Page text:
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One for the record books

Not that anyone's surprised, but this summer has been the hottest on record in Medford.

The average temperature in June, July and August was 76.4 degrees, the highest since records started being kept in Medford in 1911, according to the National Weather Service. That figure represents the average of daily high and low temperatures during the period.

The previous hottest years were 2014, at 74.9 degrees, and 2013, at 74 degrees.

"There have been three years (of broken records) consecutively," said meteorologist Misty Duncan. 

Residents sweltered through 18 days of triple-digit temperatures, five of them in June, 10 in July, and three in August, Duncan said. The all-time record for 100-degree days was 23, set in 1990.

Record high nighttime temperatures helped push up 2015's average, Duncan said. Fourteen nights broke records for warmest low temperatures, the highest of which was 76 degrees June 28.

June's record-setting average temperature of 74.8 degrees was mostly responsible for this summer's all-time record. July's average of 78.4 degrees was the third-hottest July of all time (the top spot still belongs to July 2014, when the average for the month was 79.9 degrees). August's 75.9-degree average was only the seventh hottest August.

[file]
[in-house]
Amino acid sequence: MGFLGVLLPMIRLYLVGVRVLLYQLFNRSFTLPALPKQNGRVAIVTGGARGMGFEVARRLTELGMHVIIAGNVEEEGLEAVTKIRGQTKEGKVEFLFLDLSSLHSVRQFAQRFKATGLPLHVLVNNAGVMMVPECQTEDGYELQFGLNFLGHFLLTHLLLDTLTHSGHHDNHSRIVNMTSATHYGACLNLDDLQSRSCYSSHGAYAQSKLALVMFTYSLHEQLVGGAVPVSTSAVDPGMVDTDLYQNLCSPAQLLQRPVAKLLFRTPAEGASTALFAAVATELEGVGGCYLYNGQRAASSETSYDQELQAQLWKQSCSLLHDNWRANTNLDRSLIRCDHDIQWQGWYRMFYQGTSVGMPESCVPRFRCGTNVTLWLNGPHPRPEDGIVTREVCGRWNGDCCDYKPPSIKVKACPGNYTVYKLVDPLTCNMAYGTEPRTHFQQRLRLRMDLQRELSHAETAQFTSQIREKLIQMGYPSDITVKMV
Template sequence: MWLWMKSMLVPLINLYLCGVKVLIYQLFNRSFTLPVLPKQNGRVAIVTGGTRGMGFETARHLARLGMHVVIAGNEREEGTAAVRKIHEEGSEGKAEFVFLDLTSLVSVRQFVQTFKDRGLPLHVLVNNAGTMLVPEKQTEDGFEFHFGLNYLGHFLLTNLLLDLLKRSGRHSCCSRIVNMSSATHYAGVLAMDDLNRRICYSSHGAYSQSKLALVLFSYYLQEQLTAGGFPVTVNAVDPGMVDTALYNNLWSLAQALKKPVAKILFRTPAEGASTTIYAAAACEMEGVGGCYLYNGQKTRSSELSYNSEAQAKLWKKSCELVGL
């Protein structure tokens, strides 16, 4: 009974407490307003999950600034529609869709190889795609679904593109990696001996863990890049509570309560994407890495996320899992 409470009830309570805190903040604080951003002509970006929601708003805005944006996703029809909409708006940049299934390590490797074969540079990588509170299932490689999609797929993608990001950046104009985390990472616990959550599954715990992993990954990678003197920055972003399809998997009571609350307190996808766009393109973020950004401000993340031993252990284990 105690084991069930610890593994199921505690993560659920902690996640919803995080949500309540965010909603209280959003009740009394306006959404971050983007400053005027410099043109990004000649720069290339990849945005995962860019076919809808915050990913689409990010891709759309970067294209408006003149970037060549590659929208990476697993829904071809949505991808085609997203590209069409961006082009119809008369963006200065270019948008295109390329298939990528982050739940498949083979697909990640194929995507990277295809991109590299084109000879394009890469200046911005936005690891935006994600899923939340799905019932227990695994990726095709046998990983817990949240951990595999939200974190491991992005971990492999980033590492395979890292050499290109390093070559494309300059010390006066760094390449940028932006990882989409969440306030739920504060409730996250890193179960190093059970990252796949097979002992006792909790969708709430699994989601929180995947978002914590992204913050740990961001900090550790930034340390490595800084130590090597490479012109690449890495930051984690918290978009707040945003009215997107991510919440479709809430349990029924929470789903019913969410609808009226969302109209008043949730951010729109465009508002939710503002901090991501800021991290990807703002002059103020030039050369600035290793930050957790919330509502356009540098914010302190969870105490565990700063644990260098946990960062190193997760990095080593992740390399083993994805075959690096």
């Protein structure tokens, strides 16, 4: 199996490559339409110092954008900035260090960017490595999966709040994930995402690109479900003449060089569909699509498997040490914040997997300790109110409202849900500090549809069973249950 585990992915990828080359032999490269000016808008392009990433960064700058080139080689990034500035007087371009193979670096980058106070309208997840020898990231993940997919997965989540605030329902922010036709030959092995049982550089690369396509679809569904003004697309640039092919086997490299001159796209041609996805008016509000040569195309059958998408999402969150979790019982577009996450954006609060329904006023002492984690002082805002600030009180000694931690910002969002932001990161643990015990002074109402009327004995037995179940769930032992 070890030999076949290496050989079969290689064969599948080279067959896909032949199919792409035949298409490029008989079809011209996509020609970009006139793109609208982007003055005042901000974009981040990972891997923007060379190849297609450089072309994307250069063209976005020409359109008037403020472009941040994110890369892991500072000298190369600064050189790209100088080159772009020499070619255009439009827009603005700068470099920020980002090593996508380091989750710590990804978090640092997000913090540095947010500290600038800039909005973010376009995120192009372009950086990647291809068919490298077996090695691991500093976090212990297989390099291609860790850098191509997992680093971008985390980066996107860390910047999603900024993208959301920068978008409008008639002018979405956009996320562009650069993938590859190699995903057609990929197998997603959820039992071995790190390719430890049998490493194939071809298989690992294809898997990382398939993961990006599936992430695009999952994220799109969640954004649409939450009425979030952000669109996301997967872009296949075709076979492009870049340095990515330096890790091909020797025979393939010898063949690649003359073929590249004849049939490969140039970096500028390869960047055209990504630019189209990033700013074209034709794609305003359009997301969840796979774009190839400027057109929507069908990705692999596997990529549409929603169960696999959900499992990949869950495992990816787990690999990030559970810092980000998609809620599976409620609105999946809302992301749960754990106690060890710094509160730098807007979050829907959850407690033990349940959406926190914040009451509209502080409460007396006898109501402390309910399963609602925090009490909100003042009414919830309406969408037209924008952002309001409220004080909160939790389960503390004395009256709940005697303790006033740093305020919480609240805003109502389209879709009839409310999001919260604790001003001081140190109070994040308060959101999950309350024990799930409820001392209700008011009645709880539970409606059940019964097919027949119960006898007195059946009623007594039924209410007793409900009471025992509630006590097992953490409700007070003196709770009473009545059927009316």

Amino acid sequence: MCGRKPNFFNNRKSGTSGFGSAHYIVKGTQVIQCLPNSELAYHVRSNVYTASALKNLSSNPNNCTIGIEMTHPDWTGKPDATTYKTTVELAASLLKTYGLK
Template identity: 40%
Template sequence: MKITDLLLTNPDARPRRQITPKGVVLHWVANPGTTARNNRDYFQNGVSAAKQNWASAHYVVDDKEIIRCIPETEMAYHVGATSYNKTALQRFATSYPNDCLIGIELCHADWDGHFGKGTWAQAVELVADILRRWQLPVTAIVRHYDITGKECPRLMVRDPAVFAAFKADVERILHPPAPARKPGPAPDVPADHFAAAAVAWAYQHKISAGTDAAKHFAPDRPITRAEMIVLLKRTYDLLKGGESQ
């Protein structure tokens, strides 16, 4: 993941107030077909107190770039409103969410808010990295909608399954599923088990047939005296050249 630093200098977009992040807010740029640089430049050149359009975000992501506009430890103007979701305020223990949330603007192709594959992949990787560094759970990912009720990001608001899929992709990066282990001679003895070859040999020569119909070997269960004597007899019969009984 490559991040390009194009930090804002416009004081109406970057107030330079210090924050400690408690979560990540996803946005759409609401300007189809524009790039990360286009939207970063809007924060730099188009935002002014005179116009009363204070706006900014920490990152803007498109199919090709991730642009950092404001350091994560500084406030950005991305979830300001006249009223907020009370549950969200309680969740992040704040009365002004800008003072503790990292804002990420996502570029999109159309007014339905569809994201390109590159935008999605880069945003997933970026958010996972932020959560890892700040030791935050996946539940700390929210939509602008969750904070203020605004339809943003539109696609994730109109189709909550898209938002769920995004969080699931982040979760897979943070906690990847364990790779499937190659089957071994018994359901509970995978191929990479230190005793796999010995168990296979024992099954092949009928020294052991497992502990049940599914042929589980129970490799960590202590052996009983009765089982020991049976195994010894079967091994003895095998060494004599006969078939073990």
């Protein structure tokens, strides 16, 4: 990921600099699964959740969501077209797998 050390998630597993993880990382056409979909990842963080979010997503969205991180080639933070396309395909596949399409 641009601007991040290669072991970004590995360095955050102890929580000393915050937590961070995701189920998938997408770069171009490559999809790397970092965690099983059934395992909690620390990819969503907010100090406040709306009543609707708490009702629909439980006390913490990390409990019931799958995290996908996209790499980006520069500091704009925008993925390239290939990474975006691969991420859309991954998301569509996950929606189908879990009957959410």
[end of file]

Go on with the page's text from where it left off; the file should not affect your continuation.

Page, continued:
"August probably finished off so low because of this nice weather we've had these past few days," Duncan said. 

For the curious, the lowest average temperature for June, July and August in the past 105 years is 66 degrees, recorded in 1947.

The record average temperatures, low snowpack and lack of rainfall in the region contributed to a hyperactive wildfire season, with hundreds of thousands of acres burned across Oregon.

The two active fires closest to Medford, the Stouts fire and National Creek complex, continued to edge closer to full containment Tuesday. Fire officials reported the human-caused Stouts fire, 16 miles from Canyonville, was 92 percent contained. The lightning-sparked National Creek complex, burning on the northwest edge of Crater Lake National Park, was 65 percent contained.  

It could be more of the same come next year, weather officials have said. Current long-term forecast models show higher probabilities for warmer-than-normal temperatures over the next year. 

Reach reporter Ryan Pfeil at 541-776-4468 or rpfeil@mailtribune.com. Follow him at www.twitter.com/ryanpfeil.